Marcus Aurelius & Embracing Discomfort – Audiobook Spotlight -10 Minute Philosophy by Patrick King

The Three Stoic Disciplines
Turning the Obstacle Upside Down
Training Non-Reaction

Focusing on What You Can Control

• Stoicism has been around in many forms, but the most widespread and modern version comes from Marcus Aurelius, the famous philosopher king of the Roman Empire. It is a direct philosophy on how to live better and remain more fulfilled in the face of a harsh world full of suffering.
• Stoicism is driven by three main disciplines: the discipline of desire (your unhappiness stems from your desires and unwillingness to accept other outcomes), action (act toward others regardless of how they do to you), and assent (be mindful of your thoughts and actions, as they are entirely within your control and in fact manmade).
• So what do we get when we combine these three Stoic disciplines of acceptance, philanthropy, and mindfulness? We create a life philosophy that preaches introspection and self-awareness to remain calm and rational no matter the circumstances, even to those who would seek to maliciously hurt you. Focus only on what you can control (your emotions and actions), and let everything else play out as it will.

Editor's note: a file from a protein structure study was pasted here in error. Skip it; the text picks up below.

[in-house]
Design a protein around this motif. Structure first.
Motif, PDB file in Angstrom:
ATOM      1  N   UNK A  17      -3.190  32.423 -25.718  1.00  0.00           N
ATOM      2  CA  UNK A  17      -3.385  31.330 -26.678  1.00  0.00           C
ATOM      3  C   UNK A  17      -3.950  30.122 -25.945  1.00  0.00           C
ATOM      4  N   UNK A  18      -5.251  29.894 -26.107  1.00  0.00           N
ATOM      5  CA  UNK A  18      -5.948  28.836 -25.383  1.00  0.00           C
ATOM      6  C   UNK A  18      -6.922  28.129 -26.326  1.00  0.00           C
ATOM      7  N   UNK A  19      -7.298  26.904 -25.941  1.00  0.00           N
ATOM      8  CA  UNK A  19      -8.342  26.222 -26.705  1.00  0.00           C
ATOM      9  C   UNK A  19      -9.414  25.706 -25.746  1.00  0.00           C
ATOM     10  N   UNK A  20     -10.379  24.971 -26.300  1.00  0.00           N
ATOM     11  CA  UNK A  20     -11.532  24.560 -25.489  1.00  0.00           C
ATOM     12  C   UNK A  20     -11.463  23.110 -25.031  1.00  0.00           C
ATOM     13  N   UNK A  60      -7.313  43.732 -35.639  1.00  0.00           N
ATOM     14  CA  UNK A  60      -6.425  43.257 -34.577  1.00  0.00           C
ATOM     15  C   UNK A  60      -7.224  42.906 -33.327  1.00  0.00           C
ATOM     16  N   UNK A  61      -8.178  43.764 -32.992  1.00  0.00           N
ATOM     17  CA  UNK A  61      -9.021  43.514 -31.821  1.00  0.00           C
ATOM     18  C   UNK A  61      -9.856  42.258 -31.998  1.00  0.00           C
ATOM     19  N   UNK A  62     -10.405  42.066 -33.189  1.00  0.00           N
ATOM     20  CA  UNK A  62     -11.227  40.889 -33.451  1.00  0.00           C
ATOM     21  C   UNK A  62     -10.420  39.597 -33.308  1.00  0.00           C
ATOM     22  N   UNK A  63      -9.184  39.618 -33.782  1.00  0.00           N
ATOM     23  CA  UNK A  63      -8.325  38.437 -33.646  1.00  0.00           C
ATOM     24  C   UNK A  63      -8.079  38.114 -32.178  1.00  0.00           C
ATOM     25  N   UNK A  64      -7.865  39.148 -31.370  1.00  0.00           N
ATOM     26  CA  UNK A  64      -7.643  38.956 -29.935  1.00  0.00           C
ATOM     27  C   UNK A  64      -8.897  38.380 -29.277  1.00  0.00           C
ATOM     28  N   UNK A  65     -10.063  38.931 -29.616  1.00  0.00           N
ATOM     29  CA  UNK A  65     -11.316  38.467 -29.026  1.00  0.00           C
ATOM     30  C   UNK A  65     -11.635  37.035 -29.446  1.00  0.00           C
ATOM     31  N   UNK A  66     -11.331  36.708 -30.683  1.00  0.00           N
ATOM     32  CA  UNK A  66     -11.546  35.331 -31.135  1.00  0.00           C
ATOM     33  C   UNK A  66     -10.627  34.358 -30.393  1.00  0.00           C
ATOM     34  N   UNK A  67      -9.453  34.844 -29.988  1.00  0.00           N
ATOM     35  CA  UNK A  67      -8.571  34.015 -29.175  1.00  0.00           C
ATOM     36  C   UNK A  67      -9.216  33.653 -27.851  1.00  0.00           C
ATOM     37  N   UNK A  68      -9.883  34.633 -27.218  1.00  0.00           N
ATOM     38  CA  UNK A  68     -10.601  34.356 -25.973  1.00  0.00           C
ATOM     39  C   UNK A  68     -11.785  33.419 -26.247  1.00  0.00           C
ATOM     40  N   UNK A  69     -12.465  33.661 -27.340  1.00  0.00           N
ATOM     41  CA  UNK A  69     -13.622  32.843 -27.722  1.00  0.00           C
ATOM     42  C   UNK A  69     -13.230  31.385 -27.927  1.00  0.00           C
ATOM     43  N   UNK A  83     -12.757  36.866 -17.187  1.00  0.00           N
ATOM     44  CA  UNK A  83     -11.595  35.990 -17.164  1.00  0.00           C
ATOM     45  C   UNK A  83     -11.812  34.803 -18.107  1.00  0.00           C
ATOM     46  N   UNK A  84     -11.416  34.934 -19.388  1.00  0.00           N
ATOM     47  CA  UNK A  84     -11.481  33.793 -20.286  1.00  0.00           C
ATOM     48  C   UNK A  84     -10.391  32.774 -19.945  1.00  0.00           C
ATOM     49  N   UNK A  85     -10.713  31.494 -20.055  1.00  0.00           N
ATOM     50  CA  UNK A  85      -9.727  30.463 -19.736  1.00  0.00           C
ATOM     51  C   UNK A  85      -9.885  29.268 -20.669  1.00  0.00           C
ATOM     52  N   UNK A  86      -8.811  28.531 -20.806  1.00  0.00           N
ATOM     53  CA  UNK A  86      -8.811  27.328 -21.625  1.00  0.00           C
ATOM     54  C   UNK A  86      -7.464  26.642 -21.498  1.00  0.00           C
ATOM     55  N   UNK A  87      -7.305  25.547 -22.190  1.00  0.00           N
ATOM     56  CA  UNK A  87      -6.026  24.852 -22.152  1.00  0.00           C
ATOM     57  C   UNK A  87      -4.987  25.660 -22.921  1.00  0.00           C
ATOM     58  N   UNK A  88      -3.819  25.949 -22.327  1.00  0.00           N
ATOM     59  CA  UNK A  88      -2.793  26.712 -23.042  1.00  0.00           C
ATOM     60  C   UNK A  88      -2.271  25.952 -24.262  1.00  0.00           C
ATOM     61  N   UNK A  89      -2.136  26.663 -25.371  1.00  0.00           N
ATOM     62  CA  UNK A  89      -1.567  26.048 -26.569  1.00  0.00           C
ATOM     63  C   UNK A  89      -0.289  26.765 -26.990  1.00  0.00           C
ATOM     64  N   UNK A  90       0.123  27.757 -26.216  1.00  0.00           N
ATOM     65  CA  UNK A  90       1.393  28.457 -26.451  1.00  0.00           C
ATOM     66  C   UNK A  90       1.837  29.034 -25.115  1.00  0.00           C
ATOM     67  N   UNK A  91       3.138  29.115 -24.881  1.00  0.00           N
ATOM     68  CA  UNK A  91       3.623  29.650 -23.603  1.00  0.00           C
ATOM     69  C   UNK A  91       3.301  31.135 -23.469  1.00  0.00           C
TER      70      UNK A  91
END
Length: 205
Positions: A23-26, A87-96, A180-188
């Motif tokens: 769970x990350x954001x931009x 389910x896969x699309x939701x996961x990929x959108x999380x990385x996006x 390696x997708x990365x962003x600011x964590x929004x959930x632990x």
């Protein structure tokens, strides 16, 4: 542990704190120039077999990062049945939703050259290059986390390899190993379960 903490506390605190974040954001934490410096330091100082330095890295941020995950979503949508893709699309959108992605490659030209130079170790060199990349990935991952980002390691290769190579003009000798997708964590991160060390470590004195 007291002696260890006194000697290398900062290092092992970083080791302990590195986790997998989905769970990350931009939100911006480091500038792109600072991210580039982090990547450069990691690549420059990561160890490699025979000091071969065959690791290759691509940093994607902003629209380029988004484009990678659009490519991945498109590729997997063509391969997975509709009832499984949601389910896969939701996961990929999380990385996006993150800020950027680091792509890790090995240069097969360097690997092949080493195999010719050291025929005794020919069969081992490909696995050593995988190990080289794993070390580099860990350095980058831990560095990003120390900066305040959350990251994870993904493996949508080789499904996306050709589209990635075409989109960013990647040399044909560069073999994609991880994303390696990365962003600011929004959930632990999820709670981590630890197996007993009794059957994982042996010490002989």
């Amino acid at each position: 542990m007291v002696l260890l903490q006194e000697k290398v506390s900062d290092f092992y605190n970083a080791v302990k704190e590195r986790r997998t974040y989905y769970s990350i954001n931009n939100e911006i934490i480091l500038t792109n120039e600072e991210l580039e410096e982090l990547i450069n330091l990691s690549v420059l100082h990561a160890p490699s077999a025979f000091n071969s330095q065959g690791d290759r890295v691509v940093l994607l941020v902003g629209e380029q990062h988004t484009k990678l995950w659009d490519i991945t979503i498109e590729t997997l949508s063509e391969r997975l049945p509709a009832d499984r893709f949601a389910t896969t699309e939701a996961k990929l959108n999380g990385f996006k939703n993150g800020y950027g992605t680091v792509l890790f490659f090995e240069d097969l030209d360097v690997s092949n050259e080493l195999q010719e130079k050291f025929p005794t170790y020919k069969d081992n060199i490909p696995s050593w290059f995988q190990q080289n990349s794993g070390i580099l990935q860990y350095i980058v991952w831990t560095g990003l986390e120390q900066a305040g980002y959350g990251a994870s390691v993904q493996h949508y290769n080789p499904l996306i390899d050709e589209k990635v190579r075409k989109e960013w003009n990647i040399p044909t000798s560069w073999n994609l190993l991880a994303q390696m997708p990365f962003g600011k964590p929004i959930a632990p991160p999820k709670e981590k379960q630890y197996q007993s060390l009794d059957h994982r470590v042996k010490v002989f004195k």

• You must learn to turn the obstacle upside down. This means our happiness depends on our perception and judgment of external events. In fact, all events are neutral, and we only assign them value due to our perceptions. We actively prevent ourselves from turning the obstacle upside down and viewing hardships through a more positive lens. If tragedy happens, life must move on. This is entirely up to you.
• Turning the obstacle upside down is not easy. Controlling your emotions and responding rather than reacting is the focus of many philosophies. Stoicism takes a different view on how to train this type of non-reactiveness. We must induce voluntary discomfort and also practice negative visualization. This dramatically changes our expectations and sense of gratitude and allows us to become more resilient in our thoughts.
• Finally, Stoicism encourages you to focus only on what is within your control and accept that which is not. You can control your efforts and actions but almost never the outcomes. This is life. One path leads you to happiness, while the other leads you to perpetual dissatisfaction. Again, this choice is entirely upon your shoulders.

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